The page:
There’s more than one way to teach effectively — or to flop — concludes a new study.
Analyzing test scores doesn’t measure teachers’ strengths and weaknesses, writes Meredith Kolodner on the Hechinger Report.
When children in Classroom A and Classroom B show the same improvement on their math tests, Teachers A and B get the same evaluation score, and the assumption is that both teachers excel at the same things.
But that assumption may be entirely wrong. Teacher A is a rock star when it comes to imparting math content while Teacher B is not, but Teacher B excels at getting students to persevere when they hit obstacles. So the Classroom A students did well on their tests because they knew the content, while the Classroom B kids did well because they didn’t give up easily and reviewed their answers.
Matthew A. Kraft, who works at Brown, and David Blazar, who works at Harvard, “used student surveys and test score results and pored through hours of video of teachers at work in four urban school districts,” writes Kolodner.
They examined four measures of students’ skill that have been demonstrated individually to predict future academic success and job prospects – high math scores, good behavior, happiness in class and perseverance in the face of difficulty. Their research looked at whether “good teachers” were indeed successful at improving all four of these outcomes.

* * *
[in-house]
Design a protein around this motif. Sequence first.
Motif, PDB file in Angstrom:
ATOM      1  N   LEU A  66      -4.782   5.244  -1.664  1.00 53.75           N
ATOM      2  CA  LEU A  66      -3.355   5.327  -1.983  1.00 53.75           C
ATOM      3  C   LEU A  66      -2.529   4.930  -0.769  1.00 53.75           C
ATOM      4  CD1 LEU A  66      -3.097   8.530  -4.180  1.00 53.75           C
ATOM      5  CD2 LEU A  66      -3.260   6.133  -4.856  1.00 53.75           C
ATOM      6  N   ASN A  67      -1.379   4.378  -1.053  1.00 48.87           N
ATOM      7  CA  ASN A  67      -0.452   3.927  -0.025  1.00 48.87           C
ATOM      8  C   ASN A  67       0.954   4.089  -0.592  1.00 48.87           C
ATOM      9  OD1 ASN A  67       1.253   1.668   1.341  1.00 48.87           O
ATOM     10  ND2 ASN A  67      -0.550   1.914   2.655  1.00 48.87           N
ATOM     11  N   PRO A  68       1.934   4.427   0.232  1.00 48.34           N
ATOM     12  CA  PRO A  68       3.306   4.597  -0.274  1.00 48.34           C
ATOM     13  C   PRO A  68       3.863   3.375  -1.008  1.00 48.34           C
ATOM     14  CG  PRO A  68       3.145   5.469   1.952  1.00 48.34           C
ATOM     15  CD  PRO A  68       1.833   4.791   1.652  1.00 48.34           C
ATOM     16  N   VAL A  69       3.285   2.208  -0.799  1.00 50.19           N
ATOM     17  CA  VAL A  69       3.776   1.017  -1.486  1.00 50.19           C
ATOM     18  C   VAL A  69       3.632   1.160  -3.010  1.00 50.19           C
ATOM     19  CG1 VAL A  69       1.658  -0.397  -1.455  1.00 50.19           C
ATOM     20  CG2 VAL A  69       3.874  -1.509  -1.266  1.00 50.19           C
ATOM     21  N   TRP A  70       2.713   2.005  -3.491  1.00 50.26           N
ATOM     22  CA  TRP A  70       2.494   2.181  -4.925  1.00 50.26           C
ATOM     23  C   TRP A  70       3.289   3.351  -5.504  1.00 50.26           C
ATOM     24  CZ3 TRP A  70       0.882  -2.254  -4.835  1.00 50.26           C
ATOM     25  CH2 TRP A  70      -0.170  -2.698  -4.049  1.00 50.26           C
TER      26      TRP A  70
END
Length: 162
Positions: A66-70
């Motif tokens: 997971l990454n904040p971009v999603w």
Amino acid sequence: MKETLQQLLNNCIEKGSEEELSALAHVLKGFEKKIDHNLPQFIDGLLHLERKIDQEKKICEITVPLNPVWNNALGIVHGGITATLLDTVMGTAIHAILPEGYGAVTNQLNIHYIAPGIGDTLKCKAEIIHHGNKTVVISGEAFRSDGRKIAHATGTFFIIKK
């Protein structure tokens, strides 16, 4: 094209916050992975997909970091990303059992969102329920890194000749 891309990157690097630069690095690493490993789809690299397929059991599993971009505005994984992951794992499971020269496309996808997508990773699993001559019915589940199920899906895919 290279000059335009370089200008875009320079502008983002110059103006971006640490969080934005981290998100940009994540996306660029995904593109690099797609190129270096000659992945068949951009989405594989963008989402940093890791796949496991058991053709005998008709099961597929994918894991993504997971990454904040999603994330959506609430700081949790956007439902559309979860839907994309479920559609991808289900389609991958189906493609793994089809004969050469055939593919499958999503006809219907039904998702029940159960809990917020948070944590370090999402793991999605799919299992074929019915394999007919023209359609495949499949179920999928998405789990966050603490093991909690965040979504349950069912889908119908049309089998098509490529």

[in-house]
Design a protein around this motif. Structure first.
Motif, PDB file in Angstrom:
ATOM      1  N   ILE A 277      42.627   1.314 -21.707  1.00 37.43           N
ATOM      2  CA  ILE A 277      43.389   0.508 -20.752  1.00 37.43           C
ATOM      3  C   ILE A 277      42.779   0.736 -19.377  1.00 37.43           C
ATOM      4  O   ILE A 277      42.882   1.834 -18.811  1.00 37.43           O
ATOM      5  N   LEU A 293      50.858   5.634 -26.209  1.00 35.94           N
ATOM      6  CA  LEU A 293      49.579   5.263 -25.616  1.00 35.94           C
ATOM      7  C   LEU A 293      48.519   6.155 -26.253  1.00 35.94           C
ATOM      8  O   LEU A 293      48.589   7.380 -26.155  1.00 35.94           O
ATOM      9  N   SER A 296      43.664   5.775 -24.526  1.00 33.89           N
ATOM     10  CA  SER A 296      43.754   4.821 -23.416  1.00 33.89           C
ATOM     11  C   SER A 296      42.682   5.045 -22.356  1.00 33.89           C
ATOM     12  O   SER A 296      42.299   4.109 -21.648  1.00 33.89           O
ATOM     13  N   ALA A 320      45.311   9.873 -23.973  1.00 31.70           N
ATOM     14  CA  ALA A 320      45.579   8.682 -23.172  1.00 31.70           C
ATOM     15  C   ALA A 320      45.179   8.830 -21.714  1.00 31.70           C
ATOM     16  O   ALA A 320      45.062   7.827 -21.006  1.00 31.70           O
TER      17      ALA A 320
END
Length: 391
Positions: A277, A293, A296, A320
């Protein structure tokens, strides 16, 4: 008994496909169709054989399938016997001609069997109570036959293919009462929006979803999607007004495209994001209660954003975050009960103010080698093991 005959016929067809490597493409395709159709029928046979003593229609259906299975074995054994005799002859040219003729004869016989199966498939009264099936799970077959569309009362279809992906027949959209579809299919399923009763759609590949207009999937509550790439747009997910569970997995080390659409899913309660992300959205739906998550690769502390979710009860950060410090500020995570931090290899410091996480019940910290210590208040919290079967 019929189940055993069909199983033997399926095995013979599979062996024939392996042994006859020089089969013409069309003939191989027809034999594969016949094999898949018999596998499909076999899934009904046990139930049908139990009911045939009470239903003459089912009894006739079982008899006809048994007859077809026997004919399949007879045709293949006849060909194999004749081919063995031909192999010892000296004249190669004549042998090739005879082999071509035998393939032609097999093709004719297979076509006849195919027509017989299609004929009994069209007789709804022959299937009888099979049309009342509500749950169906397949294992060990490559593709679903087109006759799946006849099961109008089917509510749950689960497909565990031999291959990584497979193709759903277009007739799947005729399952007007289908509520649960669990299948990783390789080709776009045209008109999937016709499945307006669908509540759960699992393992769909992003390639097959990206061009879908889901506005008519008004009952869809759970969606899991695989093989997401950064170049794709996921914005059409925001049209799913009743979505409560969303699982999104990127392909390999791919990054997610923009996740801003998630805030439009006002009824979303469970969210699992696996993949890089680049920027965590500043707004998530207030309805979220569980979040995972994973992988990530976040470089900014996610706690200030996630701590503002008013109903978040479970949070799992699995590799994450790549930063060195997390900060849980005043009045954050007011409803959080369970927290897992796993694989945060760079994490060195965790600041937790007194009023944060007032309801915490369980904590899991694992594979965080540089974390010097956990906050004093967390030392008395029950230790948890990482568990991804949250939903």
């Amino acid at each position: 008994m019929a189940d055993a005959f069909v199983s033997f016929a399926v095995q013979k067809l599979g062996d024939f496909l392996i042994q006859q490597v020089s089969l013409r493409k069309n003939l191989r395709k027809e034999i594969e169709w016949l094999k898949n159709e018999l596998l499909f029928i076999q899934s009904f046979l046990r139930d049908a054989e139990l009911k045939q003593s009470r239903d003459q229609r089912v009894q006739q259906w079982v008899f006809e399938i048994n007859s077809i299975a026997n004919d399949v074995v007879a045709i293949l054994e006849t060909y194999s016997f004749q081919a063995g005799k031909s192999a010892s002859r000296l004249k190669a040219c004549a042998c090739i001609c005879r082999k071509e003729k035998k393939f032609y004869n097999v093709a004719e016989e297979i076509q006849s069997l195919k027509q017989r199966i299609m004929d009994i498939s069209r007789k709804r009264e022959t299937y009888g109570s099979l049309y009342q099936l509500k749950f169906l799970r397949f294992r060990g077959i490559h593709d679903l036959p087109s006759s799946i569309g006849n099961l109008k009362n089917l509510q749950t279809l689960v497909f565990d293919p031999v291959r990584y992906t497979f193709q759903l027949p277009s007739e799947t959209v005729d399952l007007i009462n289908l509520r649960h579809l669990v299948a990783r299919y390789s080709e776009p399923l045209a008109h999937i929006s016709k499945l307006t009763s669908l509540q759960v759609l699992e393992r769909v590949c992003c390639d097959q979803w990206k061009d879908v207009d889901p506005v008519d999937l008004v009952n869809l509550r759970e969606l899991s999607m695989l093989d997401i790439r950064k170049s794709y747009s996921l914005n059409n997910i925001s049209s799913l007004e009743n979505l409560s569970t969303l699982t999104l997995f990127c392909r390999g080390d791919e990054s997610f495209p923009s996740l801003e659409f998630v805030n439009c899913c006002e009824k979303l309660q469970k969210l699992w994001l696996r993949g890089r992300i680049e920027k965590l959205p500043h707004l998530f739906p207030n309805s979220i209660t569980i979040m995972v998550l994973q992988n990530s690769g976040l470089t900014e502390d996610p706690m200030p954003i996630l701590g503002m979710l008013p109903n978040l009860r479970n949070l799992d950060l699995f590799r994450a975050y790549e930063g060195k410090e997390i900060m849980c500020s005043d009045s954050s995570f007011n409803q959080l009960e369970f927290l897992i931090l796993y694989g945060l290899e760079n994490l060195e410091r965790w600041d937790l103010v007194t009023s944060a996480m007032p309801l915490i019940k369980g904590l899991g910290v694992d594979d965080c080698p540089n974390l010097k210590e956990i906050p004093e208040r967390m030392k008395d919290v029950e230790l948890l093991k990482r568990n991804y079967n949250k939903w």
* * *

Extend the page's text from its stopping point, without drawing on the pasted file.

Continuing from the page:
It turns out they’re not.
“What we find is that teachers who are successful at raising test scores are not [not necessarily] the teachers best at improving behaviors,” said Blazar.
Happy students are more likely to have higher test scores. the researchers found. “However, teachers who improve test scores do not always make students happy in class.”
If distinct teaching skills can be analyzed, they can be taught to new teachers, said Blazar. “We have millions and millions of teachers who work in classrooms, and we do a disservice to the profession if we say we’re only going to try to find those teachers who have that natural spark, when we have evidence that these skills are teachable.”